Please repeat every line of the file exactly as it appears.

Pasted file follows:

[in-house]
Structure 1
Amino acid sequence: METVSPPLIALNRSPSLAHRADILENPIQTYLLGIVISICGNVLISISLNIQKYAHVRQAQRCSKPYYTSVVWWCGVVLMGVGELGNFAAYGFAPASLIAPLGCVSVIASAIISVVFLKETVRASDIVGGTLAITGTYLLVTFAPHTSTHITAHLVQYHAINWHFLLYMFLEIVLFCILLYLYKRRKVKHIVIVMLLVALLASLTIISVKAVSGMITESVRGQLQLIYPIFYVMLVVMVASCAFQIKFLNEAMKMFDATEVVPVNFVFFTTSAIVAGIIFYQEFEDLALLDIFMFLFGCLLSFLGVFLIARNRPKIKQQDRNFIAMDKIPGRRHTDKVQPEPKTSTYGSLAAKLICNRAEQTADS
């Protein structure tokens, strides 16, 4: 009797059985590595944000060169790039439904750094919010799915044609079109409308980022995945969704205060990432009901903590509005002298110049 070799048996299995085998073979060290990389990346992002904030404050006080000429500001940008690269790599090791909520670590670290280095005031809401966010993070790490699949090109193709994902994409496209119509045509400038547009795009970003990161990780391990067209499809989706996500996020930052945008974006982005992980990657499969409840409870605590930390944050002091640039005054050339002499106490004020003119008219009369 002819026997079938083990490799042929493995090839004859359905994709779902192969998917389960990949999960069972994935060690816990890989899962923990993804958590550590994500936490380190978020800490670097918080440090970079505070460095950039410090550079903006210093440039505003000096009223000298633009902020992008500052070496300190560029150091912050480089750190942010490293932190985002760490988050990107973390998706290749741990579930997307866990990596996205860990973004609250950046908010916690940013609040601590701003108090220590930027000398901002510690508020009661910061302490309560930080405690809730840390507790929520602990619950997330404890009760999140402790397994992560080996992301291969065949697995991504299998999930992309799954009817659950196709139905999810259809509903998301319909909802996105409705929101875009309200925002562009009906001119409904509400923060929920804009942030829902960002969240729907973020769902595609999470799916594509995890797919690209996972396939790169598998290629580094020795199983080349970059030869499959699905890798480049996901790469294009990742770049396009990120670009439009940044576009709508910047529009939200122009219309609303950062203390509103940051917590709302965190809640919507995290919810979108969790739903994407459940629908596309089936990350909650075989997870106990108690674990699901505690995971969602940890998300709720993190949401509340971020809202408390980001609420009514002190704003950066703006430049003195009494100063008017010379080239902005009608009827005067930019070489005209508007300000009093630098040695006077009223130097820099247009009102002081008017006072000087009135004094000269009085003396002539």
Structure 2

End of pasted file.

[in-house]
Structure 1
Amino acid sequence: METVSPPLIALNRSPSLAHRADILENPIQTYLLGIVISICGNVLISISLNIQKYAHVRQAQRCSKPYYTSVVWWCGVVLMGVGELGNFAAYGFAPASLIAPLGCVSVIASAIISVVFLKETVRASDIVGGTLAITGTYLLVTFAPHTSTHITAHLVQYHAINWHFLLYMFLEIVLFCILLYLYKRRKVKHIVIVMLLVALLASLTIISVKAVSGMITESVRGQLQLIYPIFYVMLVVMVASCAFQIKFLNEAMKMFDATEVVPVNFVFFTTSAIVAGIIFYQEFEDLALLDIFMFLFGCLLSFLGVFLIARNRPKIKQQDRNFIAMDKIPGRRHTDKVQPEPKTSTYGSLAAKLICNRAEQTADS
């Protein structure tokens, strides 16, 4: 009797059985590595944000060169790039439904750094919010799915044609079109409308980022995945969704205060990432009901903590509005002298110049 070799048996299995085998073979060290990389990346992002904030404050006080000429500001940008690269790599090791909520670590670290280095005031809401966010993070790490699949090109193709994902994409496209119509045509400038547009795009970003990161990780391990067209499809989706996500996020930052945008974006982005992980990657499969409840409870605590930390944050002091640039005054050339002499106490004020003119008219009369 002819026997079938083990490799042929493995090839004859359905994709779902192969998917389960990949999960069972994935060690816990890989899962923990993804958590550590994500936490380190978020800490670097918080440090970079505070460095950039410090550079903006210093440039505003000096009223000298633009902020992008500052070496300190560029150091912050480089750190942010490293932190985002760490988050990107973390998706290749741990579930997307866990990596996205860990973004609250950046908010916690940013609040601590701003108090220590930027000398901002510690508020009661910061302490309560930080405690809730840390507790929520602990619950997330404890009760999140402790397994992560080996992301291969065949697995991504299998999930992309799954009817659950196709139905999810259809509903998301319909909802996105409705929101875009309200925002562009009906001119409904509400923060929920804009942030829902960002969240729907973020769902595609999470799916594509995890797919690209996972396939790169598998290629580094020795199983080349970059030869499959699905890798480049996901790469294009990742770049396009990120670009439009940044576009709508910047529009939200122009219309609303950062203390509103940051917590709302965190809640919507995290919810979108969790739903994407459940629908596309089936990350909650075989997870106990108690674990699901505690995971969602940890998300709720993190949401509340971020809202408390980001609420009514002190704003950066703006430049003195009494100063008017010379080239902005009608009827005067930019070489005209508007300000009093630098040695006077009223130097820099247009009102002081008017006072000087009135004094000269009085003396002539």
Structure 2